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Extension Agent: Educating yourself about aging with grace

By By Erika Bochat
May 7, 2013 at 12:07 a.m.


The state of Texas and the Texas A&M AgriLife Extension Service would like to provide some tips on successful aging so that the quality of your life will increase along with its quantity.

The first step to successful aging is to remain as physically healthy as possible for as long as possible. Mary Herridge, a gerontologist and retired Hill County Extension agent, points out that poor health is not a consequence of aging, and being healthy is not just the absence of disease.

"A chronic illness may be considered unhealthy but, if managed properly, the person suffering from that illness may be able to lead a normal, healthy life," she said.

A healthy lifestyle may have a positive impact on a person at any age. Proper diet, exercise and preventive health care are three primary means to maintaining your physical health. Herridge said people interested in diet, exercise and prevention may contact the extension agent in their county for information on programs and services that are available to them in the area.

Successful aging is also tied very heavily to a person's mental health. Just as with physical health, decline in mental health is not a consequence of growing older.

"Many clinicians and family members attribute an altered mental state to someone's age rather than recognizing symptoms of a disease and seeking treatment for it," said Andy Crocker, a gerontology health specialist with the Texas A&M AgriLife Extension Service.

Something as simple as the wrong prescription in a pair of glasses may cause disorientation and then may be confused with dementia. Crocker recommends keeping the mind active through stimulating activity such as reading, word games or even talking with friends and neighbors about a current news event.

As an added tip, Judy Warren, professor and gerontology specialist with the Texas A&M AgriLife Extension Service, suggests plenty of sleep in addition to any physical and mental activities.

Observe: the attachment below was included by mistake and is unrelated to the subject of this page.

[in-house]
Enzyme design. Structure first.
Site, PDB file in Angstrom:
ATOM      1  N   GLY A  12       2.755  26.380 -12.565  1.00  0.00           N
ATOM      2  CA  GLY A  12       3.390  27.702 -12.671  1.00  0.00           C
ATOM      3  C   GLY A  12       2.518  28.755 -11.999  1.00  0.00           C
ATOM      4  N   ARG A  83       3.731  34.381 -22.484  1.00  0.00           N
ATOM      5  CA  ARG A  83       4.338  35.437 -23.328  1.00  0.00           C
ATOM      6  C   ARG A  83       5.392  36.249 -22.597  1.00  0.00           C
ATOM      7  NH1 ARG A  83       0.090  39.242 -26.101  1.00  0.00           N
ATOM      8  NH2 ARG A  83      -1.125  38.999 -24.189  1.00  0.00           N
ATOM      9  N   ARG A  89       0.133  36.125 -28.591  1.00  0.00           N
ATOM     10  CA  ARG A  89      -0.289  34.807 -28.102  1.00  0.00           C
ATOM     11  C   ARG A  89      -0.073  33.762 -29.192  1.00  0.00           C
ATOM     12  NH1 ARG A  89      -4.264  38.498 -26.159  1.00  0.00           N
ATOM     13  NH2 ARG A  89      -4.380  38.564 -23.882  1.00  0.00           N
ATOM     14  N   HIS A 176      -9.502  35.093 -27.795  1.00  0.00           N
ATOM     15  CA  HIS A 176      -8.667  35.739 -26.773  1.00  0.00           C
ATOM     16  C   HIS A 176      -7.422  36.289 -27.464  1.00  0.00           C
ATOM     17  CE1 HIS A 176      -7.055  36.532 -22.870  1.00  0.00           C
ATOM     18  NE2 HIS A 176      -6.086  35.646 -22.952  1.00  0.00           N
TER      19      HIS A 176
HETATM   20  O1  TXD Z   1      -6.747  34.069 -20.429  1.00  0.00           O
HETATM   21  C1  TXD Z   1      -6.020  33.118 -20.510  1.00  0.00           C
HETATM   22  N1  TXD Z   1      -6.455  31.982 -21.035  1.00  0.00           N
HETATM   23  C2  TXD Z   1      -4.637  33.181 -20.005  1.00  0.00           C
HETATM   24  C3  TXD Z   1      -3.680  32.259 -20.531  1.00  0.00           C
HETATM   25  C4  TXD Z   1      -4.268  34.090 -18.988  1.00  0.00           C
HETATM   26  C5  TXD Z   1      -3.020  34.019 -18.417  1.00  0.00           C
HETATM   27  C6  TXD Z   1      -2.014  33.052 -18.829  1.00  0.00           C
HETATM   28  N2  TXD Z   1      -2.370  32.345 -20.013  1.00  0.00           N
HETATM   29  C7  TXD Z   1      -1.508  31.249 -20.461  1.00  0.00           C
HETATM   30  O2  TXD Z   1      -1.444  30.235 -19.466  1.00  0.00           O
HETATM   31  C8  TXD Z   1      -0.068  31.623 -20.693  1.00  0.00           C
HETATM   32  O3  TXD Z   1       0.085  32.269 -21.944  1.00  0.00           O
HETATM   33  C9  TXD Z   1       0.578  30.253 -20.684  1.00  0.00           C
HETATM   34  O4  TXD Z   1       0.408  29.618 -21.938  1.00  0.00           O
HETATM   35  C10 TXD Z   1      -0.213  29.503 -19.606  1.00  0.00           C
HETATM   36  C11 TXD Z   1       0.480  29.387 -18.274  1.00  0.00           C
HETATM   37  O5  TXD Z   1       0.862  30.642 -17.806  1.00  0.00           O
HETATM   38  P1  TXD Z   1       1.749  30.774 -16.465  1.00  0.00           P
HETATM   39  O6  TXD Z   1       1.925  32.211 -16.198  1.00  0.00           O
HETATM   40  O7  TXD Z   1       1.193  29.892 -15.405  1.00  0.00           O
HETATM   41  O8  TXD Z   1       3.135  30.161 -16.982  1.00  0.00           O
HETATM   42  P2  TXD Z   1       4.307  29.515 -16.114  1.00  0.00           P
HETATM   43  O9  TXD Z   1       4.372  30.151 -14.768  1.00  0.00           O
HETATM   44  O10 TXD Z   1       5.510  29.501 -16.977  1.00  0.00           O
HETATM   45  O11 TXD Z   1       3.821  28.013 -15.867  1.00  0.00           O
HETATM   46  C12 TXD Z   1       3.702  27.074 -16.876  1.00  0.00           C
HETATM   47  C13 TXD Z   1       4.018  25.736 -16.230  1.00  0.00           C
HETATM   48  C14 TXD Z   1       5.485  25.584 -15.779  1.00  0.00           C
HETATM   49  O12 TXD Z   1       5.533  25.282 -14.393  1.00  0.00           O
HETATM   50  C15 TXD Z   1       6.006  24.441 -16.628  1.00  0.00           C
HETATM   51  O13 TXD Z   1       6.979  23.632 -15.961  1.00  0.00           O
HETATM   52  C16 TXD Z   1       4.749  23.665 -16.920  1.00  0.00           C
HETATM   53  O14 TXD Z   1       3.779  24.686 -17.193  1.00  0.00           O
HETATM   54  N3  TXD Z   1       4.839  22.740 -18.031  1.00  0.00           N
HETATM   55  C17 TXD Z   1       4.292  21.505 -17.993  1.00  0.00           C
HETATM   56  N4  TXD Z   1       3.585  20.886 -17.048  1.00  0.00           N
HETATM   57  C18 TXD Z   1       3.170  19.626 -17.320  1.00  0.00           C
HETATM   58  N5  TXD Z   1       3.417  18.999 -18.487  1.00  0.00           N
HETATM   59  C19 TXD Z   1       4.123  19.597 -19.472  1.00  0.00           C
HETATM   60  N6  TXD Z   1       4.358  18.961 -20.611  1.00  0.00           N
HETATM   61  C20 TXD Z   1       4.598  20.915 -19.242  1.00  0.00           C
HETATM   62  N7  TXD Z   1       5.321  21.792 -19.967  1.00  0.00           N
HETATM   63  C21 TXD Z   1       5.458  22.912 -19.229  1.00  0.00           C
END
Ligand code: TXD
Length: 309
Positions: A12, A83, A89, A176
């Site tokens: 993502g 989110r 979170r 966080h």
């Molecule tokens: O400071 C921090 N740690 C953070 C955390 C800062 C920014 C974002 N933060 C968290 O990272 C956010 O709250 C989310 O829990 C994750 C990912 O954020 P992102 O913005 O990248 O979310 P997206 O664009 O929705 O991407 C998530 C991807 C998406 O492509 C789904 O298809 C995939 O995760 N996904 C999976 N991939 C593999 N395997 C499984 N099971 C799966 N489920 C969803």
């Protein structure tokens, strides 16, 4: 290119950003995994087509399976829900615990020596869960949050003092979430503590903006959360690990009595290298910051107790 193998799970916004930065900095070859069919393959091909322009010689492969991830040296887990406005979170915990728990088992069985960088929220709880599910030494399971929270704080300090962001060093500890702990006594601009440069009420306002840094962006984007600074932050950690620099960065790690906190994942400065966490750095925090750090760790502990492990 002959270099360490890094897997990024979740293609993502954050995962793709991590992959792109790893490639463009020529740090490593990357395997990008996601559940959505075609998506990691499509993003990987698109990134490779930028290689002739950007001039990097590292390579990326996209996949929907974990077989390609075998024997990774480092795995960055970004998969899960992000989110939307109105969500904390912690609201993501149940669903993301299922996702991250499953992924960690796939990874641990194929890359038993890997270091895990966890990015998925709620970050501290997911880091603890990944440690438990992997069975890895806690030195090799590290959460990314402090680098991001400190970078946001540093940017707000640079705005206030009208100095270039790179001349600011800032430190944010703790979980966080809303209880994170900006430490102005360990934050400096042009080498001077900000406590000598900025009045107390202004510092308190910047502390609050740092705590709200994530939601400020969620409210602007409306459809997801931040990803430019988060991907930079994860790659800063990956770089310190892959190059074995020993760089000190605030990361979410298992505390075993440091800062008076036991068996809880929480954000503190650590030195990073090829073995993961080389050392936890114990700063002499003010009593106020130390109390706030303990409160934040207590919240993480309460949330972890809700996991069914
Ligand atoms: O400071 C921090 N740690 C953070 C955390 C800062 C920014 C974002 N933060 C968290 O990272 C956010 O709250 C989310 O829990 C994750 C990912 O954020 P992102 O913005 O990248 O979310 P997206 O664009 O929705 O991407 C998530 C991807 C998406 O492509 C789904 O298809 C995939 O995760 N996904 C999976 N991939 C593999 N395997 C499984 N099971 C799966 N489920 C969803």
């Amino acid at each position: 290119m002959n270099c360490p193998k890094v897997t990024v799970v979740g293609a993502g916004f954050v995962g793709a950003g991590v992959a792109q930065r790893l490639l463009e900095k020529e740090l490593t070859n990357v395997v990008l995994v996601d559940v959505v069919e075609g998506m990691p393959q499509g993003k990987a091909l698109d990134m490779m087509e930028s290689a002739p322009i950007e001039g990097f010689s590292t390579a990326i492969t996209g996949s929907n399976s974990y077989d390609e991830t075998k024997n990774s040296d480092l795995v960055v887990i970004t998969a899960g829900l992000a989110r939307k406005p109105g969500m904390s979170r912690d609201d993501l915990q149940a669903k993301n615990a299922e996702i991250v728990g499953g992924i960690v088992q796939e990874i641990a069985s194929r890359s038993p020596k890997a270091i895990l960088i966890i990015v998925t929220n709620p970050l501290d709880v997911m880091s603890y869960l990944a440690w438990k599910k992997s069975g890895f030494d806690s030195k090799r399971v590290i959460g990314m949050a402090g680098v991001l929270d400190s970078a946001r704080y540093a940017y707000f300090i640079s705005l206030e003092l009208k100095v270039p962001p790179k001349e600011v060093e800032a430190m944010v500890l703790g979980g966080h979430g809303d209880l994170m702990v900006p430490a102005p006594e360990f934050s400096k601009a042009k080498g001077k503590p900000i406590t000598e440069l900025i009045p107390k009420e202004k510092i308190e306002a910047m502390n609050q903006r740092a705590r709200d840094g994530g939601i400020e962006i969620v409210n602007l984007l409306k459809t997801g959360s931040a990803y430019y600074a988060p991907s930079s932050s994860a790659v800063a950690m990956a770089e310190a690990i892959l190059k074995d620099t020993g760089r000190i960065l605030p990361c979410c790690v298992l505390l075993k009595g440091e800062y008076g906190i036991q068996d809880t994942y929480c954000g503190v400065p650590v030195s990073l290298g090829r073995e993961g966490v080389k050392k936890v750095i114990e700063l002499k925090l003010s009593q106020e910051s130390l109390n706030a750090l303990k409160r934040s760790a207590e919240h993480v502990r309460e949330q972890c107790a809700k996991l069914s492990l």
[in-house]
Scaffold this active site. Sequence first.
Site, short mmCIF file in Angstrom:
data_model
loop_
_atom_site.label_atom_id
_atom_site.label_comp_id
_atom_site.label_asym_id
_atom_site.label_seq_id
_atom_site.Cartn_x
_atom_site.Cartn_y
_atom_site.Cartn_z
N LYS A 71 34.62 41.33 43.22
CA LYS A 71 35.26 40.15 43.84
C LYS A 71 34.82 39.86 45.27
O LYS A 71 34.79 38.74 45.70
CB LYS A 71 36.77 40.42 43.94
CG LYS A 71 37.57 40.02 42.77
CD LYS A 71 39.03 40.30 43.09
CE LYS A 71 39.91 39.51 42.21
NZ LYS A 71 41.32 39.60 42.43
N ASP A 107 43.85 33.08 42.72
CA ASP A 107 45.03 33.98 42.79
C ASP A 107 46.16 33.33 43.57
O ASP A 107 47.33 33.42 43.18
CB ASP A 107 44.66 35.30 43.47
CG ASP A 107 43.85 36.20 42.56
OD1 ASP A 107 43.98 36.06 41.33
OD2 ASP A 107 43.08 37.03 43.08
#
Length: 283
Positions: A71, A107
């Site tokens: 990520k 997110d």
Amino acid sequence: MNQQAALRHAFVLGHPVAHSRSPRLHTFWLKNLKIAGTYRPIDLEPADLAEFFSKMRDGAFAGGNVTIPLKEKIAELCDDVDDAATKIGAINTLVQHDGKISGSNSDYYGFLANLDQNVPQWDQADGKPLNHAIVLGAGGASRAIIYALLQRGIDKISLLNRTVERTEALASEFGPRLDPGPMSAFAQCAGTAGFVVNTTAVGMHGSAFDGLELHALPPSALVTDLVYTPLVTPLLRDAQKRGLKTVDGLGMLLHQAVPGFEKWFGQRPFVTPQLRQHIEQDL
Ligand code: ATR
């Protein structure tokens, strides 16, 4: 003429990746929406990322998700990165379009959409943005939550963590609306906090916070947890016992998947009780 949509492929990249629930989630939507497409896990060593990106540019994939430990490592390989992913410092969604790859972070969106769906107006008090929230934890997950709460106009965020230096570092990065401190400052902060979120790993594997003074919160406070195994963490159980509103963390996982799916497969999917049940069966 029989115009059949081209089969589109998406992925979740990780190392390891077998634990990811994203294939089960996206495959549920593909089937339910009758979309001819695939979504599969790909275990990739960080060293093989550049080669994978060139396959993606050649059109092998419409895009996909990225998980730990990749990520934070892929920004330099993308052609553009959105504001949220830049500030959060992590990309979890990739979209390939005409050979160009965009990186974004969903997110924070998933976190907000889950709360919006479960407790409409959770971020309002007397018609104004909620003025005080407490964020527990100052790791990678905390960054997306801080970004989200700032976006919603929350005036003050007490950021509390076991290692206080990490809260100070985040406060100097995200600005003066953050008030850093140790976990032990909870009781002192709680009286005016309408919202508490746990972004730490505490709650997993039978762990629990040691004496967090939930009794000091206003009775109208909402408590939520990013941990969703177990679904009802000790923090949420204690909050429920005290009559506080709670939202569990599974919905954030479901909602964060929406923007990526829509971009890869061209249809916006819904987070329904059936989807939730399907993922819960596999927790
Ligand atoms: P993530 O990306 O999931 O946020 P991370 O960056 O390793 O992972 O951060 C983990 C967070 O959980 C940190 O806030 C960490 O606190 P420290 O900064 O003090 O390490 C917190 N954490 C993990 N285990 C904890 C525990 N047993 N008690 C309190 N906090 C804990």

"Plenty of sleep nurtures the body and the mind," Warren said.

Emotional and spiritual well-being are key to any discussion regarding healthy aging. Social interaction is an important part of emotional health. Warren reminds us that "to age well, we need to give and receive love."

Whether it's through volunteerism or a group of friends who meet on a regular basis, staying involved in society gives one a sense of purpose: a reason to get out of bed in the morning and to stay both mentally and physically healthy.

"I don't think we realize that mental, physical and emotional health are all intertwined," said Herridge. "It's like a stool with three legs - if you take one leg away, the stool won't stand up."

An excellent way to stay mentally healthy as well as strengthen emotional health is to participate in educational opportunities in your community.

"Most colleges and universities and some school districts offer a variety of classes that may be of interest to people of any age. The best part is that most classes are very affordable and offer flexible schedules," Crocker said.

Americans are still searching for the fabled "Fountain of Youth," and until someone finds it, we must try to do what we can to age well. Physical, mental and emotional health are all interrelated and must be considered when discussing successful aging.

The Texas A&M AgriLife Extension Service has many resources available to help you in your pursuit of a long, healthy life.

Among one of them is the 15th annual Healthy Aging Conference, a regional conference devoted exclusively to education and health screening for senior adults and caregivers that provides a way to present resources we have available in the area.

Several new topics and guest speakers are scheduled this year, including presentations on macular degeneration, exercising with arthritis, lifestyle choices and your health, living well with diabetes, caring for aging skin, food safety and heart health.

The health fair portion of the conference will offer a wide variety of information on health and wellness and resources for caregivers.

Screening tests include, but are not limited to, blood pressure checks, cholesterol, blood sugar, bone density and pneumonia vaccines.

Food and door prizes will also be available.

The conference is co-hosted by Citizens Medical Center, the Golden Crescent Area Agency on Aging and Texas A&M AgriLife Extension.

The conference will be from 8:30 a.m. to 1:30 p.m. May 16 at the Victoria Community Center. The cost is $2 at the door and includes a light breakfast, healthy box lunch, free health screening tests and door prizes. Advanced registration is available by calling 361-575-4581.

For more information regarding successful aging, visit the National Institute on Aging "Age Page" at nia.nih.gov.

Erika Bochat is a Victoria County extension agent - Family and Consumer Sciences.

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